4. Green tea is awesome.

I can’t drink coffee without it sending me to sleep – go figure – so my introduction to green tea was a life saver.

5. Life sometimes gets in the way.

I suppose this depends on the person. A perfectly organised person who quickly settles into routines or had more life experience probably could have handled it better. Me, I was just starting out living alone in my first flat far from home and beginning my first full-time position post-university. I had a lot to prove to myself and I think I was trying to do too much all at once. I had always dreamed of living alone and living life dictated at my own pace. I just hit the ground running a bit faster than I could handle! Saying that, I’ve now found my rhythm and reviewing only adds to this sense of achievement.

An aim that I am putting out there (so you can pull me up on it if I don’t fulfill it!) is that I am going to up my game with the original purpose of this blog: The SF Masterworks collection. I keep looking at the wealth of SF Masterworks copies on my bookshelves and they are just crying out to be read. Those people who have reviewed SF Masterworks, I would love to hear what you thought, add your pearls to the mix. It will add fuel to the reading fire.

Here’s to diving for pearls.

Pearl divers

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REVIEW: J.S. von Dacre: A Guy Like Me

“What goes around, comes around,” was the phrase that sprung to mind when reading “A Guy Like Me” by J.S. von Dacre. A phrase that isn’t quite fair on the main character, as I will attempt to explain… Or perhaps you will disagree. The controversial perspectives of this book forms the beauty of it.

We are introduced to our main character (nameless) who, from his own admissions, describes himself as a womaniser and he is quite happy with this lifestyle. In fact, some of his comments I almost wanted to poke him in the eye for. But as we get further into the story we are given glimpses that all is not a deliciously corrupted lifestyle any longer. His womanising ways have dwindled to almost nothing over recent years and he has turned into something of a lone wolf, haunted by a ghost of the past, present and future all rolled up into one; Caroline.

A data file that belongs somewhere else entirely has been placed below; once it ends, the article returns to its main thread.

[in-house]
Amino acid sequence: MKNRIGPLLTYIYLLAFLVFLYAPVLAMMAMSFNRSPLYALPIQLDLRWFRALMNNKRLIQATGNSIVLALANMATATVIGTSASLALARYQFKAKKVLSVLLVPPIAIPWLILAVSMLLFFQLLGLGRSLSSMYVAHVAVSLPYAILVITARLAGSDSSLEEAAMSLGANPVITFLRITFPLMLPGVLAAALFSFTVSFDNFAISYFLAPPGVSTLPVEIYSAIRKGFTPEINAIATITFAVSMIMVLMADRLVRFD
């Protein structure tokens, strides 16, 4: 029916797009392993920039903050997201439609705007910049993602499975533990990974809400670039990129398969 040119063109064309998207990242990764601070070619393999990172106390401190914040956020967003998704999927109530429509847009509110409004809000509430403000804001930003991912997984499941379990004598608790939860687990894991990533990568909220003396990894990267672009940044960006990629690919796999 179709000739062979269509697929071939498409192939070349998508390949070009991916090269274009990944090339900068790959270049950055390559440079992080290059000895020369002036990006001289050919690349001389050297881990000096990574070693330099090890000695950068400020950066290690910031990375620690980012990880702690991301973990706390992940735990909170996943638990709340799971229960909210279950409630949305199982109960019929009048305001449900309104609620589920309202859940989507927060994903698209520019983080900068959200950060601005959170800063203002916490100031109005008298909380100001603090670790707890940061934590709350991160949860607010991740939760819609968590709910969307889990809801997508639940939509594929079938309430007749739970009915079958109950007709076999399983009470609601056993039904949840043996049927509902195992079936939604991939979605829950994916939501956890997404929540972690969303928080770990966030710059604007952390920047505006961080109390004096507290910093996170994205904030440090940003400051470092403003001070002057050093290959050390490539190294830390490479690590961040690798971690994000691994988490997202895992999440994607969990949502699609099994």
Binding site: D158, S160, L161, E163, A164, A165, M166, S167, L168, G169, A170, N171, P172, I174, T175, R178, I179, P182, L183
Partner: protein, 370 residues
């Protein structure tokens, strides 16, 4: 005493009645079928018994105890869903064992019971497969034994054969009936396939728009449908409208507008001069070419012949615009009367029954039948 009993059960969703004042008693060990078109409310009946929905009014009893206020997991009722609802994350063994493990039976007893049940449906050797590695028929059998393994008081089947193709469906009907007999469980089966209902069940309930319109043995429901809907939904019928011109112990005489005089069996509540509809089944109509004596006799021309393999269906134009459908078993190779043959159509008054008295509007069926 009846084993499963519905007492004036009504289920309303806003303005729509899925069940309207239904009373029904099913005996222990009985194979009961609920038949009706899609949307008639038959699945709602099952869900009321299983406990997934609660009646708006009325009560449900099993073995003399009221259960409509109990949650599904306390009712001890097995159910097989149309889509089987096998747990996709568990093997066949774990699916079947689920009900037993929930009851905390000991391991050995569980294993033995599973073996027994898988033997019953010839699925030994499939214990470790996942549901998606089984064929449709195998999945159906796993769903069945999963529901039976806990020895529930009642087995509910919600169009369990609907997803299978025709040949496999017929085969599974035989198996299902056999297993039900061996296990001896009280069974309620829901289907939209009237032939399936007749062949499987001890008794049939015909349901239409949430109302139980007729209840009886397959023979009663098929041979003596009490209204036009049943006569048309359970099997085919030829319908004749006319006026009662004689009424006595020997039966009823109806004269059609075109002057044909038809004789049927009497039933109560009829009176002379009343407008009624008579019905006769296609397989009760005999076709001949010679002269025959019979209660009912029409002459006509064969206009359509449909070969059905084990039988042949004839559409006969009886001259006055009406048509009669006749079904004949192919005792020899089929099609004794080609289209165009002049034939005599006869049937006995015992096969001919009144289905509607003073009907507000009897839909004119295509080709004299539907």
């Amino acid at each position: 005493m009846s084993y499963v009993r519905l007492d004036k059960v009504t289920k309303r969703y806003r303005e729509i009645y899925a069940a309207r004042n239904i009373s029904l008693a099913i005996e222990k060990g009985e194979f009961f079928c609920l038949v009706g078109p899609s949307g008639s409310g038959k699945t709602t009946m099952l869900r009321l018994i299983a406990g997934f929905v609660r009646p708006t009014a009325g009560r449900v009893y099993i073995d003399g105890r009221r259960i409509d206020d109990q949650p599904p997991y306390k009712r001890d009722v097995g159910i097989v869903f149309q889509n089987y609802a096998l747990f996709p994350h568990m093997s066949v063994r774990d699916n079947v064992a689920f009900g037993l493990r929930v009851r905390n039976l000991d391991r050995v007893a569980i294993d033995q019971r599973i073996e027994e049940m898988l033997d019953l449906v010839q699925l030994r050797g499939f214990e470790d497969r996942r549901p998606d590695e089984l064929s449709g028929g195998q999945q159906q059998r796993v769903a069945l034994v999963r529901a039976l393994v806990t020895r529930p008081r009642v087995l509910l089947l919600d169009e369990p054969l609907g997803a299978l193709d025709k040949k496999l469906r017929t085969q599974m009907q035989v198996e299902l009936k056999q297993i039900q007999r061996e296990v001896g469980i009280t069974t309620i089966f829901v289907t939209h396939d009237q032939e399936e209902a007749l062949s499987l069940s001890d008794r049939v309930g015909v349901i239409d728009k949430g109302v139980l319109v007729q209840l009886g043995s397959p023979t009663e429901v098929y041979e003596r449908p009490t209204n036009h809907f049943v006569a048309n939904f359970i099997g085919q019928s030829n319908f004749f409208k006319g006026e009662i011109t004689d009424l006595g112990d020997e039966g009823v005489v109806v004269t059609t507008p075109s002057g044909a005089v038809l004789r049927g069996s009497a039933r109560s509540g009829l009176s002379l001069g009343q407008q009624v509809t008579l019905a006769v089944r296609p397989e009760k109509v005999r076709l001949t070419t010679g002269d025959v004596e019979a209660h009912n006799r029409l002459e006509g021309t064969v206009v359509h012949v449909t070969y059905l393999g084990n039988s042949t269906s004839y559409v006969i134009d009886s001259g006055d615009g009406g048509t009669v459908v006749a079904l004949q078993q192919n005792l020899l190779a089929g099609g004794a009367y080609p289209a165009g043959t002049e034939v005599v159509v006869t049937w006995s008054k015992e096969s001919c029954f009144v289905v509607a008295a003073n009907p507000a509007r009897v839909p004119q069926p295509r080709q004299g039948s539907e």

We are pulled deeper into the knowledge that this one woman alone occupies his thoughts. He wonders if Caroline has “found herself a guy like me”. I am fairly sure this dominating thought is why his womanising ways have slowed, as it has occupied his thoughts increasingly for the past few years. Which is where my own thought occurred, “What goes around, comes around,” as I reached the end of the story.

I couldn’t help sympathising with his character. As much as some of his narration had the same effect on me as waving a red rag at a bull – as is the intention – there is a vulnerability that he doesn’t want to admit. He has been pulled into a situation his character is not familiar with, or ever expected to be immersed in. Suddenly, the morality of being womaniser might not be the worst outcome of a man…

This book is a provoking address of a controversial situation. I know there will be many conflicted points of view by readers over good and bad here with many opposing opinions about the characters. It is a hard hitting and emotional topic, preying on the reader’s own experiences with this personal situation. For a short story, J.S. von Dacre has packed in a lot of moral turmoil to deal with and shows a talented skill. I enjoyed the depth that was achieved in “A Guy Like Me” and I can heartily recommend this book.

Get J.S. von Dacre “A Guy Like Me” here:

US link

http://www.amazon.com/dp/B00TVLFI2Y

UK link

http://www.amazon.co.uk/gp/product/B00TVLFI2Y?*Version*=1&*entries*=0